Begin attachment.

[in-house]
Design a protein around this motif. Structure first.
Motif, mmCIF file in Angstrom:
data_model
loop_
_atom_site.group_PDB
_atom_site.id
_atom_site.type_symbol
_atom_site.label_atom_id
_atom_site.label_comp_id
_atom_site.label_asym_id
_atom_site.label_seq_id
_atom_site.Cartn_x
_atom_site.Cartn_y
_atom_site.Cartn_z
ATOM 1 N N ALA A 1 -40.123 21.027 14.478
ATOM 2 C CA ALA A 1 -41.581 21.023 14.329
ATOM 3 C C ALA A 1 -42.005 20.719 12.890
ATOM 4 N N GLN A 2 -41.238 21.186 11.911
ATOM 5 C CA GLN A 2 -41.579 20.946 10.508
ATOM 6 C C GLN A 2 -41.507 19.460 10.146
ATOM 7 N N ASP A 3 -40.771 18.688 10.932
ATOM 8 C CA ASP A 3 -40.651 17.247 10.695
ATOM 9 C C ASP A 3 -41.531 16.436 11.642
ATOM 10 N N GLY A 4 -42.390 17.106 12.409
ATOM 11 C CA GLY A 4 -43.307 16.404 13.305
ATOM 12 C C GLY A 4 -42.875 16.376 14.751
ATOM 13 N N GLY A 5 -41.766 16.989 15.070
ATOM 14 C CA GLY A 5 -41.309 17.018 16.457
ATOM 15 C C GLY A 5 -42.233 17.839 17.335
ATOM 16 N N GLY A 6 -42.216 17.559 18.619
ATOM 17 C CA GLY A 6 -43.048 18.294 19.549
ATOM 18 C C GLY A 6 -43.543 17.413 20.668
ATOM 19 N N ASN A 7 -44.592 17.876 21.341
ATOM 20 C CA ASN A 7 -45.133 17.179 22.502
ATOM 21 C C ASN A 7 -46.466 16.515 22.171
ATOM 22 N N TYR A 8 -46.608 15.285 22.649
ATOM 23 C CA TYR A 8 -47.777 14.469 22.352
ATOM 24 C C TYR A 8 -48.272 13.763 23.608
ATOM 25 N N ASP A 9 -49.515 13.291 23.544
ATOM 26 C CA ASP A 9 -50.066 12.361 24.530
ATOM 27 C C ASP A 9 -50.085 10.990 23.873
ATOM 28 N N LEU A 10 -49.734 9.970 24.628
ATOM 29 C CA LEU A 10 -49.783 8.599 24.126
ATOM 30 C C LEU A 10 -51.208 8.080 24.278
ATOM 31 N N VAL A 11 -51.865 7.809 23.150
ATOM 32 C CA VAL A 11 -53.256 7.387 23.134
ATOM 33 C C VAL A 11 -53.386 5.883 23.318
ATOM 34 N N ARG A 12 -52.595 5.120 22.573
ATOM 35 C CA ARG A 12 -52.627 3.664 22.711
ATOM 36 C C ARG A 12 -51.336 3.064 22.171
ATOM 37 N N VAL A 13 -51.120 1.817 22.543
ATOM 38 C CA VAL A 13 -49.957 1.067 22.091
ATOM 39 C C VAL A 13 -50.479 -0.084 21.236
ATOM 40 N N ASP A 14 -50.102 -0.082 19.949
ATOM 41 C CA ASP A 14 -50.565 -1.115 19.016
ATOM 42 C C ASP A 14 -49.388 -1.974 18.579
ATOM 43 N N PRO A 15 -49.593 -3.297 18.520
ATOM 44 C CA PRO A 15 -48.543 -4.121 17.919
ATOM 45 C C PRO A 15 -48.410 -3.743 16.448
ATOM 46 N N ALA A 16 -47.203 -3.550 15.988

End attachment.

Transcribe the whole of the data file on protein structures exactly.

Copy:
[in-house]
Design a protein around this motif. Structure first.
Motif, mmCIF file in Angstrom:
data_model
loop_
_atom_site.group_PDB
_atom_site.id
_atom_site.type_symbol
_atom_site.label_atom_id
_atom_site.label_comp_id
_atom_site.label_asym_id
_atom_site.label_seq_id
_atom_site.Cartn_x
_atom_site.Cartn_y
_atom_site.Cartn_z
ATOM 1 N N ALA A 1 -40.123 21.027 14.478
ATOM 2 C CA ALA A 1 -41.581 21.023 14.329
ATOM 3 C C ALA A 1 -42.005 20.719 12.890
ATOM 4 N N GLN A 2 -41.238 21.186 11.911
ATOM 5 C CA GLN A 2 -41.579 20.946 10.508
ATOM 6 C C GLN A 2 -41.507 19.460 10.146
ATOM 7 N N ASP A 3 -40.771 18.688 10.932
ATOM 8 C CA ASP A 3 -40.651 17.247 10.695
ATOM 9 C C ASP A 3 -41.531 16.436 11.642
ATOM 10 N N GLY A 4 -42.390 17.106 12.409
ATOM 11 C CA GLY A 4 -43.307 16.404 13.305
ATOM 12 C C GLY A 4 -42.875 16.376 14.751
ATOM 13 N N GLY A 5 -41.766 16.989 15.070
ATOM 14 C CA GLY A 5 -41.309 17.018 16.457
ATOM 15 C C GLY A 5 -42.233 17.839 17.335
ATOM 16 N N GLY A 6 -42.216 17.559 18.619
ATOM 17 C CA GLY A 6 -43.048 18.294 19.549
ATOM 18 C C GLY A 6 -43.543 17.413 20.668
ATOM 19 N N ASN A 7 -44.592 17.876 21.341
ATOM 20 C CA ASN A 7 -45.133 17.179 22.502
ATOM 21 C C ASN A 7 -46.466 16.515 22.171
ATOM 22 N N TYR A 8 -46.608 15.285 22.649
ATOM 23 C CA TYR A 8 -47.777 14.469 22.352
ATOM 24 C C TYR A 8 -48.272 13.763 23.608
ATOM 25 N N ASP A 9 -49.515 13.291 23.544
ATOM 26 C CA ASP A 9 -50.066 12.361 24.530
ATOM 27 C C ASP A 9 -50.085 10.990 23.873
ATOM 28 N N LEU A 10 -49.734 9.970 24.628
ATOM 29 C CA LEU A 10 -49.783 8.599 24.126
ATOM 30 C C LEU A 10 -51.208 8.080 24.278
ATOM 31 N N VAL A 11 -51.865 7.809 23.150
ATOM 32 C CA VAL A 11 -53.256 7.387 23.134
ATOM 33 C C VAL A 11 -53.386 5.883 23.318
ATOM 34 N N ARG A 12 -52.595 5.120 22.573
ATOM 35 C CA ARG A 12 -52.627 3.664 22.711
ATOM 36 C C ARG A 12 -51.336 3.064 22.171
ATOM 37 N N VAL A 13 -51.120 1.817 22.543
ATOM 38 C CA VAL A 13 -49.957 1.067 22.091
ATOM 39 C C VAL A 13 -50.479 -0.084 21.236
ATOM 40 N N ASP A 14 -50.102 -0.082 19.949
ATOM 41 C CA ASP A 14 -50.565 -1.115 19.016
ATOM 42 C C ASP A 14 -49.388 -1.974 18.579
ATOM 43 N N PRO A 15 -49.593 -3.297 18.520
ATOM 44 C CA PRO A 15 -48.543 -4.121 17.919
ATOM 45 C C PRO A 15 -48.410 -3.743 16.448
ATOM 46 N N ALA A 16 -47.203 -3.550 15.988